- FAO Situation Report – 20 July 2016
- UNICEF South Sudan Juba Humanitarian Crisis SitRep #8 – 25 July 2016
- IOM Wau Situation and Response Report 8, 25 Jul 2016
Appeals & Funding
- 2016 Humanitarian Needs Overview
- 2016 Humanitarian Response Plan
- IOM South Sudan Consolidated Appeal 2016
- Humanitarian Action for Children 2016
- UNHCR: Revised South Sudan Regional Refugee Response Plan (Jan-Dec 2016)
- WHO Humanitarian Response Plan 2016
- Common Humanitarian Fund (CHF) in 2016 PDF XLS
- Guide to Giving: Key ways of contributing to the crisis response in South Sudan
- OCHA South Sudan
- UNHCR South Sudan Situation Information Sharing Portal
- IOM Humanitarian Compendium
- A man-made catastrophe - A multimedia journey through South Sudan
- Open Data for South Sudan
- International Organization for Migration South Sudan
- Office of the IGAD Special Envoys for South Sudan
- Joint Monitoring and Evaluation Commission (JMEC)
- Food Security Cluster: South Sudan
- Logistics Cluster: South Sudan
People severely food insecure (IPC Phases 3, 4 and 5, May–July 2016)
People displaced by conflict ‒ nearly 15 000 in Juba alone due to latest violence
As widely known, conflict is a leading cause of hunger – each famine in the modern era has been characterized by conflict. Hunger can also contribute to violence, and may act as a channel through which wider socio-economic and political grievances are expressed.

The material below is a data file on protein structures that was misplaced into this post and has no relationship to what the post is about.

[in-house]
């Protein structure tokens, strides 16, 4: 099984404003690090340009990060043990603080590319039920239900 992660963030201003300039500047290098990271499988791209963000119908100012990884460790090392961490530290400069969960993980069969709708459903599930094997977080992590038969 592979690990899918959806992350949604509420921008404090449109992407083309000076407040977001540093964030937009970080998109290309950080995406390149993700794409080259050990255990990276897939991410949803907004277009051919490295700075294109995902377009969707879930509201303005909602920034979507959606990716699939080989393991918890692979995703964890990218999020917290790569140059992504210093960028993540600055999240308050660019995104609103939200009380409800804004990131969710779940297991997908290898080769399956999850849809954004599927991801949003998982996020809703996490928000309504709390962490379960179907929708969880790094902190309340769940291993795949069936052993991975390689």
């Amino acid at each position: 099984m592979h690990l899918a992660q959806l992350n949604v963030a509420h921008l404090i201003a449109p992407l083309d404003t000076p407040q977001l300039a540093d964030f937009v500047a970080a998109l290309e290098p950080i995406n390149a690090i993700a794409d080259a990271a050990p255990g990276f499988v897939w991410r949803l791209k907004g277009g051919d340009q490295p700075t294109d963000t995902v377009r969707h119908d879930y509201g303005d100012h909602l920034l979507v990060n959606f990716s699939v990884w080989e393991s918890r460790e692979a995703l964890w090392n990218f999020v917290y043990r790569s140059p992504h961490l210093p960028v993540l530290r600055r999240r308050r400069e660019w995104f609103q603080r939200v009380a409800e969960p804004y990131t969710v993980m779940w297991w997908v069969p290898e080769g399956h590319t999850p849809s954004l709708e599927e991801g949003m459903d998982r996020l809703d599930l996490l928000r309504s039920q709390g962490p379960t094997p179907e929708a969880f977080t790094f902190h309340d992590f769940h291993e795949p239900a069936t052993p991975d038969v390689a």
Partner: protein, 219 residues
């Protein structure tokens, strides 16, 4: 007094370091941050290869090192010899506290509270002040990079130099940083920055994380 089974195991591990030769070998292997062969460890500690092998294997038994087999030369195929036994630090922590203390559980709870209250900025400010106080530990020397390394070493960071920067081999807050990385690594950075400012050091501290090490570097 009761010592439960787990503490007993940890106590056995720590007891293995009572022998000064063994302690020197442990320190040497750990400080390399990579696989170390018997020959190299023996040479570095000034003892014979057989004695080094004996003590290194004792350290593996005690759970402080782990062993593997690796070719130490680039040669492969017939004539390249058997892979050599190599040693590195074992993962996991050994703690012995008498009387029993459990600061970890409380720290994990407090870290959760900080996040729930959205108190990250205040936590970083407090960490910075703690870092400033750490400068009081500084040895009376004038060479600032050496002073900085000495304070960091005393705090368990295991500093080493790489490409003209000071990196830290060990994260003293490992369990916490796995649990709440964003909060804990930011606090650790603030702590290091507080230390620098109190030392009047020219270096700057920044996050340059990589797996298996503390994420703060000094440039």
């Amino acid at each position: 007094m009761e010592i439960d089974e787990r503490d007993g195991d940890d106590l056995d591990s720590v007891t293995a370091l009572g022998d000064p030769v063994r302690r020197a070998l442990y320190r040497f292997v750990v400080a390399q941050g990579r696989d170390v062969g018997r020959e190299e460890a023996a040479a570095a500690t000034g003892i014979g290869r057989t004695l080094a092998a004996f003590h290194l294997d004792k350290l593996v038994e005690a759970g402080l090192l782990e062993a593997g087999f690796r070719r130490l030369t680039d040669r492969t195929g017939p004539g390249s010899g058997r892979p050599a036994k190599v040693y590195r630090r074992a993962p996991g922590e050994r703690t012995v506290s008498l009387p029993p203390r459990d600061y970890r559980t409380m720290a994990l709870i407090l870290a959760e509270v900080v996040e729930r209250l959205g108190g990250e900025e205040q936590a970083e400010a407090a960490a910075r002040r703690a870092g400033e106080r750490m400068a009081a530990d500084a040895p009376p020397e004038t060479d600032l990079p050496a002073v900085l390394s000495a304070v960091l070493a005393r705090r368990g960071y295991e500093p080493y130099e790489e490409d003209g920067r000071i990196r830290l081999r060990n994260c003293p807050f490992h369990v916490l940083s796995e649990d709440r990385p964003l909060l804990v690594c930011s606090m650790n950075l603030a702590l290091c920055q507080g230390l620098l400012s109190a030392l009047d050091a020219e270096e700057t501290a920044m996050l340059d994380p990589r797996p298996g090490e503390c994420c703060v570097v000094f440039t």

SOUTH SUDAN RESPONSE UPDATE
The ongoing crisis in South Sudan is aggravating an already fragile socio‐economic context, in which many households are at risk of food insecurity and malnutrition both in rural and urban centers, including in the capital Juba. The South Sudan IPC update for April 2016 estimated that 4.8 million people (40% of the total population) would face severe food insecurity countrywide in the May‐July 2016 lean season period.
Lasting calm, commitment to peace process critical as important planting season approaches
16 July 2016, Rome/Juba - Millions of people facing hunger in South Sudan will be driven to the brink of catastrophe if renewed flashes of violence derail the fragile peace process, FAO said today. The Organization called for calm and stability, warning that if peace does not hold, the human costs of recent fighting in Juba will be compounded by deepening hunger across the entire country.
Since the start of 2016, FAO and its partners have distributed vital **crop seeds** and **agricultural tools** to more than 180 000 farming households in South Sudan – benefiting about 1.1 million people. The farmers received the seeds ahead of the planting season, allowing them enough time for proper land preparation and planting.
What is La Niña?
La Niña is the cooling of sea surface temperatures in the tropical Pacific, which occurs roughly every three to five years, lasting from six to 24 months. The chances of La Niña following an El Niño episode are higher on average — half of the El Niño events are followed by a La Niña — and typically it affects global climate patterns in the opposite way El Niño does. The intensity of the La Niña climatic phenomenon generally peaks between October and January.
Purpose of this report
More than a third of the population in urgent need of food, agriculture and nutrition assistance amid risk of catastrophe in some parts of the country
Joint FAO-UNICEF-WFP News Release